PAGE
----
CT Scans Reveal Miniature Mummies’ Surprising Contents
by Alex Fox/Smithsonianmag.com
For almost half a century, researchers at the Haifa Museums in Israel thought that a pair of miniature Egyptian mummies housed in their collections contained human hearts. But when museum staff brought the sarcophagi to a local hospital for a computerized tomography (CT) scan last month, they realized the ancient wrappings actually concealed the remains of a bird and a wad of grain and mud, reports Rossella Tercatin for the Jerusalem Post.
The bird is also missing several organs. Its neck is broken—an injury that probably occurred after death, according to Javitt.
Aside from the fact that the artifacts are Egyptian and between 2,500 and 3,000 years old, experts know little about their history and provenance, says Ron Hillel, registrar and head of collection management at the Haifa Museums, to Live Science. The so-called grain mummy measures around 18 inches long, while the other is closer to 10 inches long.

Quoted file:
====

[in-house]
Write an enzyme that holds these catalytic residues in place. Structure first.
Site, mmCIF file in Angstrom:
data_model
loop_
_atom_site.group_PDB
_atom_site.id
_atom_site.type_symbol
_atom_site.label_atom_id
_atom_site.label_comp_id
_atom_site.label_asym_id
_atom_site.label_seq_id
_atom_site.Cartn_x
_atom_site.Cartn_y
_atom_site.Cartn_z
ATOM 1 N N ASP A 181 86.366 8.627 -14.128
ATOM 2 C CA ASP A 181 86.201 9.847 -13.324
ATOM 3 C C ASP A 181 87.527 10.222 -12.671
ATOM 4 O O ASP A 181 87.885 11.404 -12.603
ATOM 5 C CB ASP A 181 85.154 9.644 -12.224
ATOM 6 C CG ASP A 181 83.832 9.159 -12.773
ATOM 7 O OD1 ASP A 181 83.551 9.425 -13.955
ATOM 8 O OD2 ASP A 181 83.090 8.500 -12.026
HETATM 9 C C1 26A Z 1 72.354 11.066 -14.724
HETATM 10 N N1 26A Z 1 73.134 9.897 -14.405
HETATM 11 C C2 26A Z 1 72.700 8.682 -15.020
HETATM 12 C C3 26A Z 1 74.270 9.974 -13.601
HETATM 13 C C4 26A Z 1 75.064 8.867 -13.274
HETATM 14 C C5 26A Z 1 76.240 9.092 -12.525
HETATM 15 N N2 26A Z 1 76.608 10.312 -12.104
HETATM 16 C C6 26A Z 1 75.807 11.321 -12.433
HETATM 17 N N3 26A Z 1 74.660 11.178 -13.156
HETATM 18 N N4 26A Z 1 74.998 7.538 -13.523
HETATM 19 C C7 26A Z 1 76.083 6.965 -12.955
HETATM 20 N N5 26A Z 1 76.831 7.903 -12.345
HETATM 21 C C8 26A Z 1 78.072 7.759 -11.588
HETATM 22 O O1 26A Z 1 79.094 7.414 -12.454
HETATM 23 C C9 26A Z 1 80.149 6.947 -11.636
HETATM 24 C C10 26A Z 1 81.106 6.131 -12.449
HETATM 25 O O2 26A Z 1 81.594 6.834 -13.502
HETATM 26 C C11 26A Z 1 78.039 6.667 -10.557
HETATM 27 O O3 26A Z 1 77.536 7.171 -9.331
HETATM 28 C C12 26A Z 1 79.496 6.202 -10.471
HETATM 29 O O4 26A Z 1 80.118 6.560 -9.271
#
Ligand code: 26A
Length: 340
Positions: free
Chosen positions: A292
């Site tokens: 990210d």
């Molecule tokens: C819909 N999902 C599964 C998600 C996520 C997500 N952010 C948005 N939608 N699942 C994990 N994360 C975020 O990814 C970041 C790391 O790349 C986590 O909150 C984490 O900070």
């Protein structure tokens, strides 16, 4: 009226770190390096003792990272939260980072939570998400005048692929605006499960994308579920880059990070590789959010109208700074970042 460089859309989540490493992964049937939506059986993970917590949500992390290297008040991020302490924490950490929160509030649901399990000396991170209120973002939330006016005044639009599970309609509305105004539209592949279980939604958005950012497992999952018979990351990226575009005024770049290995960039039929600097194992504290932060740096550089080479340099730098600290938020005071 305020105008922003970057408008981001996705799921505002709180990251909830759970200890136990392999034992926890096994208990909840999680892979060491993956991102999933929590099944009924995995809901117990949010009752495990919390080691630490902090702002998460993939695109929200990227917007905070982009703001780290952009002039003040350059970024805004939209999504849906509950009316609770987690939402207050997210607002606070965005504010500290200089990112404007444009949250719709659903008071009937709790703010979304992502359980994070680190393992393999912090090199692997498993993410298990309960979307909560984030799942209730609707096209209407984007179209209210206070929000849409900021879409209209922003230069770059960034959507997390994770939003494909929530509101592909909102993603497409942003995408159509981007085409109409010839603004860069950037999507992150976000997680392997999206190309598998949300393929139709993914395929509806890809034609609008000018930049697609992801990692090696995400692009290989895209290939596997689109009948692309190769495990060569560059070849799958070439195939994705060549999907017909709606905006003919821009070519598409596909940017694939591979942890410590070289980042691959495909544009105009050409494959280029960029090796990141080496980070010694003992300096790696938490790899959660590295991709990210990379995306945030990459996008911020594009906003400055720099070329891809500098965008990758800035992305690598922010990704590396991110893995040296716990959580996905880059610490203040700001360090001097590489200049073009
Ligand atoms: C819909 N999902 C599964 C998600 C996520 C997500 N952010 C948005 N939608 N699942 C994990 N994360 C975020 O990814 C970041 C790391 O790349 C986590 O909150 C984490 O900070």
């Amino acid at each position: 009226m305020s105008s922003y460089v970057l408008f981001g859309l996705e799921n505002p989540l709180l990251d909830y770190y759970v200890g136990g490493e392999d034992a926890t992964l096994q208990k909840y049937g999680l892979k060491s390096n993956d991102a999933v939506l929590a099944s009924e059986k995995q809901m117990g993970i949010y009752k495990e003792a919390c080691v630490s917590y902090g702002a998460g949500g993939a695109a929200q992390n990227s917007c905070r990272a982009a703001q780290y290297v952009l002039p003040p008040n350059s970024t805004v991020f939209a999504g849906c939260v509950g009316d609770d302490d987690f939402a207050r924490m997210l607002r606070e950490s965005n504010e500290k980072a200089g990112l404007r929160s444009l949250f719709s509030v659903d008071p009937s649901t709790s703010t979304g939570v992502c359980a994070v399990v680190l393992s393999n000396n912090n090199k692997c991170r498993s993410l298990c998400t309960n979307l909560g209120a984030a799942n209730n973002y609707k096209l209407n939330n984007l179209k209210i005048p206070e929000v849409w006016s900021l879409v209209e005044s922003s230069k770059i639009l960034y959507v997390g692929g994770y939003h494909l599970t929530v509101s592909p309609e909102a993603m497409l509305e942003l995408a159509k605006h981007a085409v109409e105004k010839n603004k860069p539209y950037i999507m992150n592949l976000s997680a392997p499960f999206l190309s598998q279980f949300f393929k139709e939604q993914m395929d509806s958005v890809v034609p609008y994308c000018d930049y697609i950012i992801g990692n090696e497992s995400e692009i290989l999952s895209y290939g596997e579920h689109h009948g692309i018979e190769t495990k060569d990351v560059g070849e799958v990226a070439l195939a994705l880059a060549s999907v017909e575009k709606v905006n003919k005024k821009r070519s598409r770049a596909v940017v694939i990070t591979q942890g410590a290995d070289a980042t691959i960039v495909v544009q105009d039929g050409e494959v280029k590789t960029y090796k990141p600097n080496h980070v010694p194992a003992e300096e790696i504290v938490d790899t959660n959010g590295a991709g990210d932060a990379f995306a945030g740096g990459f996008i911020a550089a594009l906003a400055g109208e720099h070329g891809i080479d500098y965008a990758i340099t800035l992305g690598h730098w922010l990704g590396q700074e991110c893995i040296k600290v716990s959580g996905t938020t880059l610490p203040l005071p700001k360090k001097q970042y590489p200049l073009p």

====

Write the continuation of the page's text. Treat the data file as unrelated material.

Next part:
Carol graduated from Riverside White Cross School of Nursing in Columbus, Ohio and received her diploma as a registered nurse. She attended Bowling Green State University where she received a Bachelor of Arts Degree in History and Literature. She attended the University of Toledo, College of Nursing, and received a Master’s of Nursing Science Degree as an Educator.
She has traveled extensively, is a photographer, and writes on medical issues. Carol has three children RJ, Katherine, and Stephen – one daughter-in-law; Katie – two granddaughters; Isabella Marianna and Zoe Olivia – and one grandson, Alexander Paul. She also shares her life with her husband Gordon Duff, many cats, and two rescues.